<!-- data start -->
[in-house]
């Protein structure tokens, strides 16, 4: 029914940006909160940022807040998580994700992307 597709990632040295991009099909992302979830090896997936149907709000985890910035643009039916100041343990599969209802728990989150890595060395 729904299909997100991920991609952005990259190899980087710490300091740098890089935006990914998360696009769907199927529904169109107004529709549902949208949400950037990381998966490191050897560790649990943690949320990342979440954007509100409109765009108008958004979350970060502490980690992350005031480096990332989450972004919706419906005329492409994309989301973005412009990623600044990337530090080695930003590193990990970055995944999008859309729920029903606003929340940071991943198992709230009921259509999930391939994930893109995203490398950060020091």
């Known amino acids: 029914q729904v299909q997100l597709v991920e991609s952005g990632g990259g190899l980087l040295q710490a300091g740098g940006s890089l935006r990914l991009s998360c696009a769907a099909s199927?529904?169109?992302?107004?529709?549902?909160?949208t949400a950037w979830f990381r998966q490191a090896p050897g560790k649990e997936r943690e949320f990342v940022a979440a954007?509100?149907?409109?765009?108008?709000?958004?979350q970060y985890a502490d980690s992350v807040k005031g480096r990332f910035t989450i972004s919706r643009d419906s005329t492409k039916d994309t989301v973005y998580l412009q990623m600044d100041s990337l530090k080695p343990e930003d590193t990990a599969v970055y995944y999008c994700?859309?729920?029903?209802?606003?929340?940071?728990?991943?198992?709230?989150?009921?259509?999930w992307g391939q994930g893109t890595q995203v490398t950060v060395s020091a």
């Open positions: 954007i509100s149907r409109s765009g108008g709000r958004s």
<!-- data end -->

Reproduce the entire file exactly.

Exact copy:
[in-house]
């Protein structure tokens, strides 16, 4: 029914940006909160940022807040998580994700992307 597709990632040295991009099909992302979830090896997936149907709000985890910035643009039916100041343990599969209802728990989150890595060395 729904299909997100991920991609952005990259190899980087710490300091740098890089935006990914998360696009769907199927529904169109107004529709549902949208949400950037990381998966490191050897560790649990943690949320990342979440954007509100409109765009108008958004979350970060502490980690992350005031480096990332989450972004919706419906005329492409994309989301973005412009990623600044990337530090080695930003590193990990970055995944999008859309729920029903606003929340940071991943198992709230009921259509999930391939994930893109995203490398950060020091």
């Known amino acids: 029914q729904v299909q997100l597709v991920e991609s952005g990632g990259g190899l980087l040295q710490a300091g740098g940006s890089l935006r990914l991009s998360c696009a769907a099909s199927?529904?169109?992302?107004?529709?549902?909160?949208t949400a950037w979830f990381r998966q490191a090896p050897g560790k649990e997936r943690e949320f990342v940022a979440a954007?509100?149907?409109?765009?108008?709000?958004?979350q970060y985890a502490d980690s992350v807040k005031g480096r990332f910035t989450i972004s919706r643009d419906s005329t492409k039916d994309t989301v973005y998580l412009q990623m600044d100041s990337l530090k080695p343990e930003d590193t990990a599969v970055y995944y999008c994700?859309?729920?029903?209802?606003?929340?940071?728990?991943?198992?709230?989150?009921?259509?999930w992307g391939q994930g893109t890595q995203v490398t950060v060395s020091a």
């Open positions: 954007i509100s149907r409109s765009g108008g709000r958004s």